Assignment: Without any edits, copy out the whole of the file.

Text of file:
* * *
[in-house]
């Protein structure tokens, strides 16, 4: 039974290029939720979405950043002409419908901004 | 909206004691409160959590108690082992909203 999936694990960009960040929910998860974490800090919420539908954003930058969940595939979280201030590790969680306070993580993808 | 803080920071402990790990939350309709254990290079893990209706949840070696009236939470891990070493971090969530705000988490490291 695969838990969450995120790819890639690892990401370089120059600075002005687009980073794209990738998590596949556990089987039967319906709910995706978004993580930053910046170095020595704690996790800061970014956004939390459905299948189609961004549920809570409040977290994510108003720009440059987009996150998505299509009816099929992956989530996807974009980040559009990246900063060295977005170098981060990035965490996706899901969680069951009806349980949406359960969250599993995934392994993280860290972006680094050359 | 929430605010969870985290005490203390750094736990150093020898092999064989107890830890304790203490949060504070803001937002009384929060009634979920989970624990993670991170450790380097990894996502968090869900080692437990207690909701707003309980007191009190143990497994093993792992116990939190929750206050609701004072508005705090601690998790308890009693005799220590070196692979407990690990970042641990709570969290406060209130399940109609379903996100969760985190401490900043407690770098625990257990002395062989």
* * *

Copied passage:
[in-house]
């Protein structure tokens, strides 16, 4: 039974290029939720979405950043002409419908901004 | 909206004691409160959590108690082992909203 999936694990960009960040929910998860974490800090919420539908954003930058969940595939979280201030590790969680306070993580993808 | 803080920071402990790990939350309709254990290079893990209706949840070696009236939470891990070493971090969530705000988490490291 695969838990969450995120790819890639690892990401370089120059600075002005687009980073794209990738998590596949556990089987039967319906709910995706978004993580930053910046170095020595704690996790800061970014956004939390459905299948189609961004549920809570409040977290994510108003720009440059987009996150998505299509009816099929992956989530996807974009980040559009990246900063060295977005170098981060990035965490996706899901969680069951009806349980949406359960969250599993995934392994993280860290972006680094050359 | 929430605010969870985290005490203390750094736990150093020898092999064989107890830890304790203490949060504070803001937002009384929060009634979920989970624990993670991170450790380097990894996502968090869900080692437990207690909701707003309980007191009190143990497994093993792992116990939190929750206050609701004072508005705090601690998790308890009693005799220590070196692979407990690990970042641990709570969290406060209130399940109609379903996100969760985190401490900043407690770098625990257990002395062989």